Buying quality fruits and vegetables is an important step in maintaining a healthy lifestyle. People rely on these nutritious food items to help incorporate important vitamins and minerals into their diets.
However, getting your hands on fresh fruits and vegetables isn’t always cheap or convenient. Organically grown veggies can cost a lot of money, and if you’re a family on a budget, sometimes it just isn’t feasible.
Luckily, it doesn’t have to be that way. You can buy organic produce just once or twice and get all the produce you need. All you have to do is save your scraps!
1. Pineapple: That’s right, you can grow your own pineapple at home! All you need to do is cut away any remaining fruit, peel back some of those outer leaves, and let the top sit in fresh water until roots begin to grow.
2. Ginger: You can easily grow your own ginger at home. After all, the most commonly used part is already a root. Have you ever noticed how, if you store ginger for too long, it will start to sprout? Well, go ahead and plant it! Just remember to grow it indoors since it is a tropical plant that needs a warm stable environment in order to thrive.
3. Basil: It doesn’t get any easier than growing your own basil! All you need to do is take a cutting from an adult plant and let it sit in water for four days until roots form. Then, transplant it and keep it watered. You’ll have pesto all year long!
4. Mint: Growing mint is just as easy as growing basil, and it’s even more fragrant. There’s nothing finer than a bushel of mint in the windowsill. Let your cuttings sit in water until roots form and then transfer them to potting soil.
5. Green onions: Having green onions around in your kitchen adds flavor and color to almost every dish, but you don’t need to keep buying them! Put the roots of a green onion in water and watch your onions grow. You don’t even need to transplant these into soil either; simply harvest them when you’re ready.
6. Red onions: This one is easy, but a little bit different than some other vegetables on the list. If you want to grow your onions from store-bought onions, pick one with a prominent root. Then, cut off the end and let it dry out for a day or so. After that, you can plant it in soil. Make sure none the entire bulb is buried; none of the onion should be visible. Finally, water it and wait for your onion to grow!
7. Garlic: Growing garlic is really easy—and really rewarding. All you need to do is plant your leftover cloves in soil and keep them inside. You won’t grow another clove this way, but you will grow garlic greens, which add a nice mild garlic flavor to your dishes.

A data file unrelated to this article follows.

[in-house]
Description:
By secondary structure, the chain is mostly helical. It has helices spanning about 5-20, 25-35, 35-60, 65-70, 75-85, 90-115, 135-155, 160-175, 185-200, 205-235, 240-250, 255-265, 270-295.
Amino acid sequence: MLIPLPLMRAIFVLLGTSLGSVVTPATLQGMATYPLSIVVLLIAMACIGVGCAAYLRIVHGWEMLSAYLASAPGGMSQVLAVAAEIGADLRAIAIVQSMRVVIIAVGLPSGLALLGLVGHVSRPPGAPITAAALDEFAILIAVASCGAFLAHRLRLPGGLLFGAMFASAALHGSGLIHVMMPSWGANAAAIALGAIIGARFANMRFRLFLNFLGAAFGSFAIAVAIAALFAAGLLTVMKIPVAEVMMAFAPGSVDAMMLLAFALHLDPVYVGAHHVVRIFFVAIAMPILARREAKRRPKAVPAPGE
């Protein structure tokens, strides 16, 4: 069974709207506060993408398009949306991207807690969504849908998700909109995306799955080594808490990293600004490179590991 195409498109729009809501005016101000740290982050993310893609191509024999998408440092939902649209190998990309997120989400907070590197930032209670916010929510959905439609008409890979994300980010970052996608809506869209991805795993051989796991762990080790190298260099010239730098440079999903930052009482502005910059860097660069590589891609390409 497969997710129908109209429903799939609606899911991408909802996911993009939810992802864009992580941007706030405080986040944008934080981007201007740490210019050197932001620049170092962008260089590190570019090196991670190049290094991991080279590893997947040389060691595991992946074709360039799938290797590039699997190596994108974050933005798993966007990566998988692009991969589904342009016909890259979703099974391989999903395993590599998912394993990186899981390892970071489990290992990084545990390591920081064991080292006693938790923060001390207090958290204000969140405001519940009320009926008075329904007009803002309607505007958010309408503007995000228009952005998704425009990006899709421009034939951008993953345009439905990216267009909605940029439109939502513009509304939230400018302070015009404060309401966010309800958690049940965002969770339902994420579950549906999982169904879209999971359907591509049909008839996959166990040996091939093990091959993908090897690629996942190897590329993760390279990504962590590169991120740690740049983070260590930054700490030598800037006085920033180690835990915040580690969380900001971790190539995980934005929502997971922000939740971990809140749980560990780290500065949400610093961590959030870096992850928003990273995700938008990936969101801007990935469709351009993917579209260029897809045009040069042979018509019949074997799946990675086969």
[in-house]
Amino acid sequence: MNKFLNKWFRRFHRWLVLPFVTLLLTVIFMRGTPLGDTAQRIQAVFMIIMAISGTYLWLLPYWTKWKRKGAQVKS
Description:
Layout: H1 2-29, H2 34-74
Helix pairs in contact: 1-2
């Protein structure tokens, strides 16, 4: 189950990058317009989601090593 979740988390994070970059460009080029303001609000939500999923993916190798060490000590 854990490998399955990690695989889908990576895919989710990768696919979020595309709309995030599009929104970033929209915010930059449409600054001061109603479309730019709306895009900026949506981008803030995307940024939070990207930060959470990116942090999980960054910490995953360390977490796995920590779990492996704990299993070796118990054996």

8. Fennel: Not everyone is wild about the taste of fennel, but if this licorice-tasting treat does it for you, you can easily grow it on your own! Simply place the bulb in water and harvest the tops as needed.
9. Celery: Celery is another one of those plants that’s a cinch to grow and it happens to look really pretty in the process! All you need to do is put the base of the plant in water and wait for roots to sprout. Then, transfer it to a moisture-rich potting soil.
10. Lemongrass: Lemongrass is one of those rewarding plants that seems like it should be difficult to grow on your own, but that couldn’t be further from the case. Place leftover stalks in water, allow them to grow roots, and transfer them to soil. They can grow up to five feet tall!
11. Lettuce: While growing your own lettuce can be challenging (not all lettuce can be regrown at home, and some come back smaller, after all), it is definitely worth trying! Put the roots in water and change it daily. Who knows? It might just surprise you.
12. Sweet potatoes: Growing your own sweet potatoes takes a lot of time, but it is definitely worth it. In the spring, put your potatoes in a cup of water so they are halfway submerged. Once the roots form fully, separate each one and plant it outdoors once you are sure the threat of frost has passed.
13. Potatoes: Interestingly, potatoes are the easiest of all the plants to grow at home; they sprout all on their own without any water after their dormancy period. Once they sprout, chop up your potatoes and bury them outside. Water them regularly and wait for that sweet starchy goodness to emerge!
Who knew that there were so many different vegetables that people throw away that could actually be regrown—saving them tons of money? It’s amazing how easy it can be to grow things at home.
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